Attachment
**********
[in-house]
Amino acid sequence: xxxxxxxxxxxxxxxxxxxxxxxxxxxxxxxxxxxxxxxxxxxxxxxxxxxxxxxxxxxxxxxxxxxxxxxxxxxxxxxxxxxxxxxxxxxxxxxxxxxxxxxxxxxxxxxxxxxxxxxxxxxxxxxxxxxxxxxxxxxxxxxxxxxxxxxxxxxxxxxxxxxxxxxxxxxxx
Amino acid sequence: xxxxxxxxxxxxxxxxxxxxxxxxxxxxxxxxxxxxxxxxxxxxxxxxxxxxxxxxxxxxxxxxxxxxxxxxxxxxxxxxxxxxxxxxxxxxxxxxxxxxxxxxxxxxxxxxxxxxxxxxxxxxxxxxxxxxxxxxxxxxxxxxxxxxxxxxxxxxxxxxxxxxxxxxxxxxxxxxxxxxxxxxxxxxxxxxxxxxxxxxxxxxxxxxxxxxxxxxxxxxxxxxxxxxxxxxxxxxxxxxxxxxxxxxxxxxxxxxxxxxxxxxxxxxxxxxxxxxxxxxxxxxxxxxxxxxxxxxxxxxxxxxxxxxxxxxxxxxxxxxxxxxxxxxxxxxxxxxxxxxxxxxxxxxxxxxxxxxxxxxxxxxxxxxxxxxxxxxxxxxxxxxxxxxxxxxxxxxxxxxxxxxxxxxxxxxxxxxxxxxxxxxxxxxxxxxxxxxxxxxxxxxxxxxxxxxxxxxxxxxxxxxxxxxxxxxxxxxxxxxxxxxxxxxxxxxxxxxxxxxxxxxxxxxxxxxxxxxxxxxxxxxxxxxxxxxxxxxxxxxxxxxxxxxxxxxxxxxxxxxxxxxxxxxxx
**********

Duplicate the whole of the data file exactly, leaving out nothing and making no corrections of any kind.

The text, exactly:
[in-house]
Amino acid sequence: xxxxxxxxxxxxxxxxxxxxxxxxxxxxxxxxxxxxxxxxxxxxxxxxxxxxxxxxxxxxxxxxxxxxxxxxxxxxxxxxxxxxxxxxxxxxxxxxxxxxxxxxxxxxxxxxxxxxxxxxxxxxxxxxxxxxxxxxxxxxxxxxxxxxxxxxxxxxxxxxxxxxxxxxxxxxx
Amino acid sequence: xxxxxxxxxxxxxxxxxxxxxxxxxxxxxxxxxxxxxxxxxxxxxxxxxxxxxxxxxxxxxxxxxxxxxxxxxxxxxxxxxxxxxxxxxxxxxxxxxxxxxxxxxxxxxxxxxxxxxxxxxxxxxxxxxxxxxxxxxxxxxxxxxxxxxxxxxxxxxxxxxxxxxxxxxxxxxxxxxxxxxxxxxxxxxxxxxxxxxxxxxxxxxxxxxxxxxxxxxxxxxxxxxxxxxxxxxxxxxxxxxxxxxxxxxxxxxxxxxxxxxxxxxxxxxxxxxxxxxxxxxxxxxxxxxxxxxxxxxxxxxxxxxxxxxxxxxxxxxxxxxxxxxxxxxxxxxxxxxxxxxxxxxxxxxxxxxxxxxxxxxxxxxxxxxxxxxxxxxxxxxxxxxxxxxxxxxxxxxxxxxxxxxxxxxxxxxxxxxxxxxxxxxxxxxxxxxxxxxxxxxxxxxxxxxxxxxxxxxxxxxxxxxxxxxxxxxxxxxxxxxxxxxxxxxxxxxxxxxxxxxxxxxxxxxxxxxxxxxxxxxxxxxxxxxxxxxxxxxxxxxxxxxxxxxxxxxxxxxxxxxxxxxxxxxx